IPT targets the powerful cell-killing effects of standard chemotherapy on cancer cells, and negates their destructive side effects on healthy tissues. Insulin Potentiation Therapy (IPT) is a new approach to treating cancer that involves no new drugs. The therapy uses insulin, and takes advantage of the powerful, cell-killing effects of ordinary chemotherapy drugs, used in very low doses.
Cancer cells get their energy by secreting their own insulin, and they stimulate themselves to grow by secreting their own insulin-like growth factor (IGF). These are the mechanisms of malignancy. Insulin and IGF work by attaching to special cell membrane receptors, and these receptors are sixteen times more concentrated on cancer cell membranes than on normal cells. These receptors are the key to IPT. Using insulin in IPT, the end result is that the low dose chemotherapy gets channeled specifically inside the cancer cells, killing them more effectively, while greatly reducing, and in most cases eliminating the possibility of chemotherapy side-effects. The innovative advantage to IPT is that it kills cancer cells by using the very same mechanisms that cancer cells use to kill people.
Audio Presentation by Dr. Ayre: IPT a Renaissance in Cancer Chemotherapy
How It Works
Put simply, chemotherapy drugs have to get inside cancer cells to kill them. Conventionally, this is achieved by using high doses of these drugs, leading to very undesirable and sometimes even fatal side-effects. One of the little know facts about cancer cells is that they make their own insulin in order to obtain glucose – the fuel they need in large amounts as they grow and divide at an abnormally rapid rate. We take advantage of insulin’s action. By giving cancer cells insulin, we prime the membranes to open up. Coordinating this event with the introduction of low-doses of chemotherapy, we get much more of the chemotherapy drugs inside the cancer cells to kill them, leaving healthy cells unharmed. This process allows us to avoid dangerous, undesirable dose-related side-effects.
Because of this favorable side effect profile, cycles of low-dose chemotherapy with IPT may be done more frequently. There is good patient acceptance of the hypoglycemic side effect of insulin in this protocol, and the “rescue phenomenon” occasioned by the timely administration of hypertonic glucose actually serves to provide patients with an experiential metaphor for the rapid recovery of their well being. It is acknowledged that cancer treatment can often be debilitating for patients. In those undergoing treatment with IPT, an overall gentler experience promotes their concurrent use of other important elements in a program of Comprehensive Cancer Care, which includes nutrition for immune system support, and mind-body medicine to support a healing consciousness.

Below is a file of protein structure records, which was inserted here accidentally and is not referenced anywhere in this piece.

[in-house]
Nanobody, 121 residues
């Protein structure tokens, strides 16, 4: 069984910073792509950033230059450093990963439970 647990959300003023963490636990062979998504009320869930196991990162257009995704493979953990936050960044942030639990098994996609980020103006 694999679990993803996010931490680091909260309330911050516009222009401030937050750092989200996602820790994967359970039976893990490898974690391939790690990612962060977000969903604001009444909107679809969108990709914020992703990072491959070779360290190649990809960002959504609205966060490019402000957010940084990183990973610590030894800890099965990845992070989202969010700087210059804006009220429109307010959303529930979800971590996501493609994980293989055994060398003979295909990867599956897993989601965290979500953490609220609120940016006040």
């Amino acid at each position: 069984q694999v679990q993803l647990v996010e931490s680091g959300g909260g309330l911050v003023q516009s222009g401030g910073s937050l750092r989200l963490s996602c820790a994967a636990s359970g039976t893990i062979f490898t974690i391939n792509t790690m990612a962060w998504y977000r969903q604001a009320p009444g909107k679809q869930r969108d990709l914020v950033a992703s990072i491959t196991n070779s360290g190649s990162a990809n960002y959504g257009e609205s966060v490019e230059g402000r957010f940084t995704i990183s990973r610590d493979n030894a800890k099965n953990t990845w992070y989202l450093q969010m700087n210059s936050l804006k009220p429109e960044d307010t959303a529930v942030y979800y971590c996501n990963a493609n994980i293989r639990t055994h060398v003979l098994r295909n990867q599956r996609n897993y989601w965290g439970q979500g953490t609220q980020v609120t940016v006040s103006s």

Insulin Potentiation Therapy (IPT) manipulates the mechanisms of malignancy to therapeutic advantage by employing insulin as a biologic response modifier of cancer cells’ endogenous molecular biology. The autonomous proliferation of malignancy is supported by autocrine secretion of insulin for glucose/energy uptake by cancer cells, and a similar autocrine and/or paracrine elaboration of cellular factors to stimulate cancer growth. Amongst these, the insulin-like growth factors have been identified as the most potent mitogens for cancer cells. Of primary importance for IPT, cancer cell membranes also have six times more insulin receptors and ten times more IGF receptors, per cell, than the membranes of host normal tissues. Further, insulin can cross-react with and activate cancer cell IGF receptors. Thus, per cell, cancer has sixteen times more insulin-sensitive receptors than normal tissues. As ligand effect is a function of receptor concentration, these facts serve to differentiate cancer from normal cells – a vital consideration for the safety of cancer chemotherapy.
In light of these revelations, exogenous insulin acts to enhance anticancer drug cytotoxicity, and safety, via 1) a membrane permeability effect to increase the intracellular dose intensity of the drugs, 2) an effect of metabolic modification to increase the S-phase fraction in cancer cells, enhancing their susceptibility to cell-cycle phase-specific agents, and 3) an effect of biochemical differentiation based on insulin receptor concentration that focuses the first two insulin effects predominantly on cancer cells, sparing host normal tissues. Significantly less drug can thus be targeted more specifically and more effectively to cancer cell populations that are more susceptible to the chemotherapy drug effects, all this occurring with a virtual elimination of the dose-related side effects of these powerful drugs.